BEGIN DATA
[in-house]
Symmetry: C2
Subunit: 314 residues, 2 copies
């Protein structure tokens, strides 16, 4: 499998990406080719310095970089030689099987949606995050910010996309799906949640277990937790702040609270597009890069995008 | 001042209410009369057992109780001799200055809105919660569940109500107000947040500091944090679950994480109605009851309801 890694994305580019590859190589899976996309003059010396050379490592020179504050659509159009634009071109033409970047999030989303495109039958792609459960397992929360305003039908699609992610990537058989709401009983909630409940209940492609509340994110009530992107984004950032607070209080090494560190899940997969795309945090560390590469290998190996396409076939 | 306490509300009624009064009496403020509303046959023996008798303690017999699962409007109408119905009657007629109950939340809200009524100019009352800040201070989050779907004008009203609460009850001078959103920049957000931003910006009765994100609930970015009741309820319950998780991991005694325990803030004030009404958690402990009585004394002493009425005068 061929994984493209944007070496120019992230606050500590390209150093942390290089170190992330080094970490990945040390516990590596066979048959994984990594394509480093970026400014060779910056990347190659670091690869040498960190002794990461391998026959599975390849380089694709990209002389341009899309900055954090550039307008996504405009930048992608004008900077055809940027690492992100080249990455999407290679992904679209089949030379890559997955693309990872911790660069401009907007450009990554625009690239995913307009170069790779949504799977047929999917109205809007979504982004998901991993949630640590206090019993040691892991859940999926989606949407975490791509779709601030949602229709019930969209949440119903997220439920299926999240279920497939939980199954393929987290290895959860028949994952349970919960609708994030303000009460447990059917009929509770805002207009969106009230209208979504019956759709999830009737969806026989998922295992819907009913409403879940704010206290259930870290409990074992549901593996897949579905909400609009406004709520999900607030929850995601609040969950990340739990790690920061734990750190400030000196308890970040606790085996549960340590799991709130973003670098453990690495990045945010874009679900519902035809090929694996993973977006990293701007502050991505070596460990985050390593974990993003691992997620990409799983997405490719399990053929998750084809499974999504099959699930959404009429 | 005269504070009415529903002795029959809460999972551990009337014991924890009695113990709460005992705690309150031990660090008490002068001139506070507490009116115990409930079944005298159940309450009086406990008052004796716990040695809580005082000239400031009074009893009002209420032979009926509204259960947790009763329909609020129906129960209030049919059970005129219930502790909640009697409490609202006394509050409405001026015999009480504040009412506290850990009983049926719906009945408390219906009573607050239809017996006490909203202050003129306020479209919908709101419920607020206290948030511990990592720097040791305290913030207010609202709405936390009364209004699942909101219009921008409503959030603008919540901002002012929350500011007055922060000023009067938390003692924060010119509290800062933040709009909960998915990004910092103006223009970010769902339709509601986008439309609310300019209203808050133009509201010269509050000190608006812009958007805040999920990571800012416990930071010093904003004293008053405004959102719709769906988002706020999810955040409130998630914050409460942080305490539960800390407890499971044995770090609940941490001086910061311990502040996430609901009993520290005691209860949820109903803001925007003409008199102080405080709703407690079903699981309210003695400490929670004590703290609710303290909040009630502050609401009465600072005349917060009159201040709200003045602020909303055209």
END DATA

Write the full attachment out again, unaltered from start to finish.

[in-house]
Symmetry: C2
Subunit: 314 residues, 2 copies
């Protein structure tokens, strides 16, 4: 499998990406080719310095970089030689099987949606995050910010996309799906949640277990937790702040609270597009890069995008 | 001042209410009369057992109780001799200055809105919660569940109500107000947040500091944090679950994480109605009851309801 890694994305580019590859190589899976996309003059010396050379490592020179504050659509159009634009071109033409970047999030989303495109039958792609459960397992929360305003039908699609992610990537058989709401009983909630409940209940492609509340994110009530992107984004950032607070209080090494560190899940997969795309945090560390590469290998190996396409076939 | 306490509300009624009064009496403020509303046959023996008798303690017999699962409007109408119905009657007629109950939340809200009524100019009352800040201070989050779907004008009203609460009850001078959103920049957000931003910006009765994100609930970015009741309820319950998780991991005694325990803030004030009404958690402990009585004394002493009425005068 061929994984493209944007070496120019992230606050500590390209150093942390290089170190992330080094970490990945040390516990590596066979048959994984990594394509480093970026400014060779910056990347190659670091690869040498960190002794990461391998026959599975390849380089694709990209002389341009899309900055954090550039307008996504405009930048992608004008900077055809940027690492992100080249990455999407290679992904679209089949030379890559997955693309990872911790660069401009907007450009990554625009690239995913307009170069790779949504799977047929999917109205809007979504982004998901991993949630640590206090019993040691892991859940999926989606949407975490791509779709601030949602229709019930969209949440119903997220439920299926999240279920497939939980199954393929987290290895959860028949994952349970919960609708994030303000009460447990059917009929509770805002207009969106009230209208979504019956759709999830009737969806026989998922295992819907009913409403879940704010206290259930870290409990074992549901593996897949579905909400609009406004709520999900607030929850995601609040969950990340739990790690920061734990750190400030000196308890970040606790085996549960340590799991709130973003670098453990690495990045945010874009679900519902035809090929694996993973977006990293701007502050991505070596460990985050390593974990993003691992997620990409799983997405490719399990053929998750084809499974999504099959699930959404009429 | 005269504070009415529903002795029959809460999972551990009337014991924890009695113990709460005992705690309150031990660090008490002068001139506070507490009116115990409930079944005298159940309450009086406990008052004796716990040695809580005082000239400031009074009893009002209420032979009926509204259960947790009763329909609020129906129960209030049919059970005129219930502790909640009697409490609202006394509050409405001026015999009480504040009412506290850990009983049926719906009945408390219906009573607050239809017996006490909203202050003129306020479209919908709101419920607020206290948030511990990592720097040791305290913030207010609202709405936390009364209004699942909101219009921008409503959030603008919540901002002012929350500011007055922060000023009067938390003692924060010119509290800062933040709009909960998915990004910092103006223009970010769902339709509601986008439309609310300019209203808050133009509201010269509050000190608006812009958007805040999920990571800012416990930071010093904003004293008053405004959102719709769906988002706020999810955040409130998630914050409460942080305490539960800390407890499971044995770090609940941490001086910061311990502040996430609901009993520290005691209860949820109903803001925007003409008199102080405080709703407690079903699981309210003695400490929670004590703290609710303290909040009630502050609401009465600072005349917060009159201040709200003045602020909303055209």